Filmmaker Michael Rossato-Bennett had planned to film Dan Cohen, a social worker and founder of the nonprofit organization Music & Memory, for a single day. Cohen had wanted to document his nascent program for elders with dementia who were springing back to life at a Brooklyn nursing home. Rossato-Bennett found himself crafting a story of music and memory around Cohen's objective to bring personalized music to every individual in nursing homes throughout America. He filmed Cohen for three years.
Henry, 92, one of many subjects in Rossato-Bennett's documentary "Alive Inside," is reawakened by the sounds from an iPod, emerging from dementia to recall an affinity for jazz singer Cab Calloway. "It gives me the feeling of love, romance!" he says. Observing Henry, renowned neurologist Oliver Sacks, who has written extensively about the effects of music on the human brain, cites the philosopher Immanuel Kant, who called music the quickening art. "Music seems inherently alive and to give a feeling of life and emotion and ongoing, and of a journey," says Sacks.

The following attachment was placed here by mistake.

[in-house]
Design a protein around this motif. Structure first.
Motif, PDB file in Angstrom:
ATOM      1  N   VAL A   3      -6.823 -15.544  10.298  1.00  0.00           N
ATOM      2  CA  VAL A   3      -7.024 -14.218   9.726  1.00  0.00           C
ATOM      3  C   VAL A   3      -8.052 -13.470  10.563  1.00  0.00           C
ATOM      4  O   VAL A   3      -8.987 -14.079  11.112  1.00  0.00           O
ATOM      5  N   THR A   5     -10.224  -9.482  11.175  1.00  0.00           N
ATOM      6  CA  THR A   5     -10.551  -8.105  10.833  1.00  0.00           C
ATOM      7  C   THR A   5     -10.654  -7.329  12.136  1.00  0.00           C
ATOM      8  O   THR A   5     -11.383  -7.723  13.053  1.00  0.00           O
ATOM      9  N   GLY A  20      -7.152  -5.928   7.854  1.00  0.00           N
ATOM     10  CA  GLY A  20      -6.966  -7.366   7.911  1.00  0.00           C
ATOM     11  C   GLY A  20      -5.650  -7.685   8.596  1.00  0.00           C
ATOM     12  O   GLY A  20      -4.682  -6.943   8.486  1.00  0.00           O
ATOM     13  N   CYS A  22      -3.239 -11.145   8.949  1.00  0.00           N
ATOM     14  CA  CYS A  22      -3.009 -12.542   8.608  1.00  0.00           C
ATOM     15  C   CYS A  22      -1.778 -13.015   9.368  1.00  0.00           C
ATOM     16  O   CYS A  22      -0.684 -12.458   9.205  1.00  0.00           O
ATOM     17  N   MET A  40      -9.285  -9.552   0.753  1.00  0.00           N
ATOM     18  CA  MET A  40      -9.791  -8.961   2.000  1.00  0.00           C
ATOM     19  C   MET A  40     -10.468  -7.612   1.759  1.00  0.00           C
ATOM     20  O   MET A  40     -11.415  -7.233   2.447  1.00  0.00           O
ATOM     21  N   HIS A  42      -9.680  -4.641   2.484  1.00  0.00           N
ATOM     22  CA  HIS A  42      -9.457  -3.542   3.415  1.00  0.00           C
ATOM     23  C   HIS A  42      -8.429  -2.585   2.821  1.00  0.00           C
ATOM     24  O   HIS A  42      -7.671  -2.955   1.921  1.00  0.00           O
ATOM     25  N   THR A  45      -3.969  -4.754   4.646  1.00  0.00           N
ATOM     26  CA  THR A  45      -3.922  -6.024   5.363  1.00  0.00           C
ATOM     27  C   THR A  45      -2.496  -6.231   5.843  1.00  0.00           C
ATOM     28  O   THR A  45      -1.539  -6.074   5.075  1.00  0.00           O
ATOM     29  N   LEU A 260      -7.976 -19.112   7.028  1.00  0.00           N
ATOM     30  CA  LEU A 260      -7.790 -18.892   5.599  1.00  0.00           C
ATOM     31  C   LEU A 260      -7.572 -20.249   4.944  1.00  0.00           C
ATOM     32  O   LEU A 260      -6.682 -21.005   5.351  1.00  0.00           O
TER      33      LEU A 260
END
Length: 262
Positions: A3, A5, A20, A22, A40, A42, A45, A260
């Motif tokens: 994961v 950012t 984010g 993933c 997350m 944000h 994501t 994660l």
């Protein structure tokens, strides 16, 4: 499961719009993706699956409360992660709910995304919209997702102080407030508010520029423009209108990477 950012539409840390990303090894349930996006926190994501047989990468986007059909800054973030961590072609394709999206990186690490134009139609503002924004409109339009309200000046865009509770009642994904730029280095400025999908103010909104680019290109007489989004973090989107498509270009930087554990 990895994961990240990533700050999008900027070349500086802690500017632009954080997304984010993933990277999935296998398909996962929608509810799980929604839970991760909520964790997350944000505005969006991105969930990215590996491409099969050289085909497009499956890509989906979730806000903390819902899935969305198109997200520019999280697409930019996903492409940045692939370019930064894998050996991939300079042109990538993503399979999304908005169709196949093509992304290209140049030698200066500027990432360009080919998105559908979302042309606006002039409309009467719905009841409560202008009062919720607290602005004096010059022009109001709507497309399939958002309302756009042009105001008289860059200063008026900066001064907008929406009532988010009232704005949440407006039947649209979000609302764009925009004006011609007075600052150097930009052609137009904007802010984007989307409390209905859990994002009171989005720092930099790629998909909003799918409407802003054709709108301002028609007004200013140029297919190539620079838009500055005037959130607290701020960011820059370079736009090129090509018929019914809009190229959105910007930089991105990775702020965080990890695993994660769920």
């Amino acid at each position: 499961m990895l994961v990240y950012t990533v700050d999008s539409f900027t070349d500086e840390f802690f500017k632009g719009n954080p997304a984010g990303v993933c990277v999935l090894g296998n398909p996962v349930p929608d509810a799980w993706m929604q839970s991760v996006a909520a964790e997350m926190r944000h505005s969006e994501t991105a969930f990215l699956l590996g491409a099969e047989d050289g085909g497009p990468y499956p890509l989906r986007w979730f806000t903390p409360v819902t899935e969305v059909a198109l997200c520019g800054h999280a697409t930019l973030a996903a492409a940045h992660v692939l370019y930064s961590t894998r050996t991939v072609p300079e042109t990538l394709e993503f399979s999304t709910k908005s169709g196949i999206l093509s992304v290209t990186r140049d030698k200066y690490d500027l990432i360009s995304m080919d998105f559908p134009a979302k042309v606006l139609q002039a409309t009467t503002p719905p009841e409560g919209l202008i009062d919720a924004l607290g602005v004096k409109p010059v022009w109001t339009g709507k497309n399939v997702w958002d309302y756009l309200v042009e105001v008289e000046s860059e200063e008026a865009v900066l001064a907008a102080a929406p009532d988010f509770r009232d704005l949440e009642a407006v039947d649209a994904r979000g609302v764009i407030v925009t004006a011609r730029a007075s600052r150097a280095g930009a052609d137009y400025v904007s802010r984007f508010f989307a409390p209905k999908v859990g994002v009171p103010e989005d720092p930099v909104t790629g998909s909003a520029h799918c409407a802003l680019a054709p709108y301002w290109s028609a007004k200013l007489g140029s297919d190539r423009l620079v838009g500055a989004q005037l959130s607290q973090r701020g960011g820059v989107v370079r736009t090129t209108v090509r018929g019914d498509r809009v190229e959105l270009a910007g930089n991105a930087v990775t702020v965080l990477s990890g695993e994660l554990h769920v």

"We accidentally captured something that I've never seen before," Rossato-Bennett told The Huffington Post. "The opportunity to see an unprotected soul is something that we don't often get."
A rough cut from the film featuring Henry, posted to Reddit in 2011, provided that rare glimpse of an unprotected soul and accumulated more than nine million views on YouTube -- considerable for a six-minute clip about a nonagenarian with dementia, but Henry's humanity has power. "In 2008, when we filmed Henry, I had been working with Cobble Hill [Health Center in Brooklyn, New York,] for over a year. I didn’t know that Henry was going to be the one that would rocket, but he so eloquently captured the magic," said Cohen.